What The Independent's travel correspondent Simon Calder has learnt this year

At the end of another extraordinary year on Planet Travel, our travel correspondent reveals some of his discoveries

Simon Calder
Thursday 27 December 2018 16:45
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Simon Calder reviews air travel in 2018

Airports can be closed by some top-end toys

In August, a screening team at Berlin Schönefeld Airport, one of the six busiest in Germany, mistook an Ann Summers vibrator for a hand grenade and ordered an evacuation of part of the terminal.

In December, though, it was an external rather than internal threat that robbed 150,000 passengers of their pre-Christmas flights at Gatwick: rogue drones closed the world’s busiest runway.

Yet a few days later the Sussex airport was valued at almost £6bn by Vinci, when the infrastructure giant took a majority stake in Gatwick. Expect swift expansion in order to justify the valuation of a single-runway airport at more than the GDP of several top destinations combined: St Lucia, Antigua, Grenada and the Seychelles.

Eurostar is serious about the half-hour check-in deadline

The cut-off before the departure of a train through the Channel Tunnel is just 10 minutes for Business Premier passengers, 30 minutes for everyone else. After chancing my luck more than once and concluding that 20 minutes is probably OK, when a delayed Belgian rail train delivered me to the check-in desk at Brussels Midi station only 16 minutes before departure, I was confident I would be able to travel. But even though premium passengers were still being waved on, those of us in the cheap seats had no such luck. So I ended up on the following train – which, ironically, I had spent £134 to try to avoid, with a late-notice switch to the earlier departure.

It is possible to get a free drink on Ryanair

All you need to do is be booked on a departure from Liverpool to Dublin immediately after the Grand National at Aintree, and hope that the airline’s boss, Michael O’Leary, has another winner and decides to repeat his 2018 gesture after he won half a million on the steeplechase. Buying everyone on board a drink (except the crew) is believed to have cost him £900.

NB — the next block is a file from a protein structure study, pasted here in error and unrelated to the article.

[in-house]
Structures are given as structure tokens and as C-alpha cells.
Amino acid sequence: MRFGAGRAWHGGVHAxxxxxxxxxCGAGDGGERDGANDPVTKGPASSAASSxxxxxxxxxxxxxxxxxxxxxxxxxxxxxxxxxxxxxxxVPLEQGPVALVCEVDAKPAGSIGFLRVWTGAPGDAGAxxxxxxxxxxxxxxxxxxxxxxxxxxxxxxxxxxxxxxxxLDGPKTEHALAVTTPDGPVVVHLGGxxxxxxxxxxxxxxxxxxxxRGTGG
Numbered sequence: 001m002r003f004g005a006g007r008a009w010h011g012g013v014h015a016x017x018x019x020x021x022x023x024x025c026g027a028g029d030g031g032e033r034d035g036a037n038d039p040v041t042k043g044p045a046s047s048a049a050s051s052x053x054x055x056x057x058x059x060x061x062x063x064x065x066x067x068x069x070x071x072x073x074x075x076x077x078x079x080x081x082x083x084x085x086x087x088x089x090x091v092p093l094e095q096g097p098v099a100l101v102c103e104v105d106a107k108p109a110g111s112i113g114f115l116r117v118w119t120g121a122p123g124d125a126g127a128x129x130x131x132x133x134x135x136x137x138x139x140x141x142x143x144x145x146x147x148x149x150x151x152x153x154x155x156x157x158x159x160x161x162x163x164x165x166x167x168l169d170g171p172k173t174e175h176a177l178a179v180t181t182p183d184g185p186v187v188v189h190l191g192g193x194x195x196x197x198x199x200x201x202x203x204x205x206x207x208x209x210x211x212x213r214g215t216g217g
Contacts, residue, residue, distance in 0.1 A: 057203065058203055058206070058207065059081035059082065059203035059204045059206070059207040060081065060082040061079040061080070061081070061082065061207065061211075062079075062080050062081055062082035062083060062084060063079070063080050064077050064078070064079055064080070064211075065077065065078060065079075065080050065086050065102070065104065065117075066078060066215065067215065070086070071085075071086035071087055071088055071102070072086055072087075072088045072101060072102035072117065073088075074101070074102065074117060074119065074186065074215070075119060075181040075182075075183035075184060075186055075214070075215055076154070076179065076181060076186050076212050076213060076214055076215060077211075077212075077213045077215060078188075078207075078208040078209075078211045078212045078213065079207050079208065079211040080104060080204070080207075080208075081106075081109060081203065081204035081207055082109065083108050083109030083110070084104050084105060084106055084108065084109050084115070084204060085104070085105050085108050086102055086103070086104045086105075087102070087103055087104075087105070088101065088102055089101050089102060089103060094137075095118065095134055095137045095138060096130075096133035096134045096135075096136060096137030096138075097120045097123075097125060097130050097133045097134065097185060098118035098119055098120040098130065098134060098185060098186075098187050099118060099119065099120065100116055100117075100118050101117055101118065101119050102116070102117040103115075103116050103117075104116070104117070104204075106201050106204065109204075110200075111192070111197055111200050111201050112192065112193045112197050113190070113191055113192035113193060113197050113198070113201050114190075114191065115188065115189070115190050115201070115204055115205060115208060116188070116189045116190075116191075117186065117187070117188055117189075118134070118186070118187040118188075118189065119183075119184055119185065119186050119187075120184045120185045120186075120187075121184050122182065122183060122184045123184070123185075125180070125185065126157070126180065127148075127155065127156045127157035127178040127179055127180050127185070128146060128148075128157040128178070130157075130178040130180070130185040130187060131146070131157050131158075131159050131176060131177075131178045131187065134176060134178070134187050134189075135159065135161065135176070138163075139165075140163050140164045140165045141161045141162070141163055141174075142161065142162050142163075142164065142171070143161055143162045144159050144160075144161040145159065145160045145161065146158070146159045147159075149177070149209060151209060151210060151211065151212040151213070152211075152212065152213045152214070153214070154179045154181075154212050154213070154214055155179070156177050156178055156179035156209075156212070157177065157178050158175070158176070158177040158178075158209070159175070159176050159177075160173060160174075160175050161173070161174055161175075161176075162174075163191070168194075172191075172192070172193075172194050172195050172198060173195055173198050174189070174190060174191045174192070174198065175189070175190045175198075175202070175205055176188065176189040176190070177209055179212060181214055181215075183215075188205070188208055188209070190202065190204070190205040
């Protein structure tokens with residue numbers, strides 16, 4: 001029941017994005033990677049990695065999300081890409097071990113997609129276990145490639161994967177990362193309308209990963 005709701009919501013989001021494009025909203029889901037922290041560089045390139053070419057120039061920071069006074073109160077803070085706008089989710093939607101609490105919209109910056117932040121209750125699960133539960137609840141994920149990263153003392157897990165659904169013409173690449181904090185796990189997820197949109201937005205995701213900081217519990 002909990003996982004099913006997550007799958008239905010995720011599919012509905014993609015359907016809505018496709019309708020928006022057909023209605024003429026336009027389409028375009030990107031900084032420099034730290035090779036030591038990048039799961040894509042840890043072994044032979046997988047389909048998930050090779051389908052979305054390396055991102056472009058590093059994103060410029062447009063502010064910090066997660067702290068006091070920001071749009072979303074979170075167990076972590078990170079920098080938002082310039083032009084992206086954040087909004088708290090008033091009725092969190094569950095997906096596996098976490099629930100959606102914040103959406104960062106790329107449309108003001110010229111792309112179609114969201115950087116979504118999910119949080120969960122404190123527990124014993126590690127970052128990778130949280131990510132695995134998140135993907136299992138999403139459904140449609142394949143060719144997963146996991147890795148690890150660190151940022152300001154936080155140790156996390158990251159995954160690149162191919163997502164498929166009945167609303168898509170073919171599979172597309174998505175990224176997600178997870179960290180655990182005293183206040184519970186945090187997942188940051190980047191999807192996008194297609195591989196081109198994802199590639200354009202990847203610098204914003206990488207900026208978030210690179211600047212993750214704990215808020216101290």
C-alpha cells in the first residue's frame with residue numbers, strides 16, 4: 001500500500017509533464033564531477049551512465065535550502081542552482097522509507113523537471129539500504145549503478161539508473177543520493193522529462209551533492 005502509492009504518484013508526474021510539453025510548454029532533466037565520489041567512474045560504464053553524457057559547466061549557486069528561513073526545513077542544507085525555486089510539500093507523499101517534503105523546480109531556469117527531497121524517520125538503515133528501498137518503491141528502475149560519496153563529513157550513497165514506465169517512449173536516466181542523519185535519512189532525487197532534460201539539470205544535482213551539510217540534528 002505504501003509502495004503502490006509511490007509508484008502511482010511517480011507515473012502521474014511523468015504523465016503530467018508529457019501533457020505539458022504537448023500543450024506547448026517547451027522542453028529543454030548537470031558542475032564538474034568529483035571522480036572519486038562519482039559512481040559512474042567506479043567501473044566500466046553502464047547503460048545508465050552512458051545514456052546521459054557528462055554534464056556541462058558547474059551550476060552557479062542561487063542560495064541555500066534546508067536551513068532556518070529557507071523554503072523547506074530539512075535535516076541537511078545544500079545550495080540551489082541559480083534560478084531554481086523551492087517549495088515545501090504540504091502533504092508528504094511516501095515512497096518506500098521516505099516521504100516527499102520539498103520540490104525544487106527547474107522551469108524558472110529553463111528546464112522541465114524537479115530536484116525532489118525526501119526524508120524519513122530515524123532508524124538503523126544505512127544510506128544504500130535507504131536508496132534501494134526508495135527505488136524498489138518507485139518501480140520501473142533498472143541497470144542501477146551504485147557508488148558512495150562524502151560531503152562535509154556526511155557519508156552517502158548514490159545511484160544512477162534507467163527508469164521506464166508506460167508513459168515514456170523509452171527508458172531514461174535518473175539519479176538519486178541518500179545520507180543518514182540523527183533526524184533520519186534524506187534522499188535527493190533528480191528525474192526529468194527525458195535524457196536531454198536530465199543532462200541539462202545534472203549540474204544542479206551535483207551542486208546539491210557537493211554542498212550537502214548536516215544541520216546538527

Some cruise agents are shockingly bad at explaining Chinese red tape

Many cruises begin or end in Shanghai. To avoid the kerfuffle and high cost (£150+) of a Chinese visa, most cruise passengers can qualify for the marvellous 144-hour visa-free transit permit. The rules are easily stated: the traveller must arrive to the city direct from country A and leave direct to country B by midnight on day six after arriving in Shanghai. It doesn’t matter whether transport is by land or sea, and Hong Kong counts as outside the People’s Republic for the purposes of the permit.

Yet I have lost count of the number of travellers who have contacted me to say their agents insist a visa is necessary when all the available evidence shows it is not. I imagine the offending cruise firms may sharpen up if a few customers who have squandered time and money unnecessarily challenge them under the Consumer Rights Act 2015.

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Some people adore airports

The sale of the contents of Heathrow Terminal 1 in April was staggeringly lucrative for the airport (and auctioneers). A sign for the ladies’ loo made £1,000 (£50 more than the gents’ sign) and even a modern airport recycling bin sold for £700.

Aviation remains an extraordinarily safe form of transport

Tragically, several hundred people lost their lives in civil aircraft crashes in 2018. But the safety record of aviation remains remarkably good, especially when compared with road travel. According to the Dutch safety consultancy, To70, the five-year average is approximately one fatal accident for every 30 million flights.

In terms of the number of passengers flown without a fatal accident, Ryanair is the safest airline in the world, followed by easyJet.

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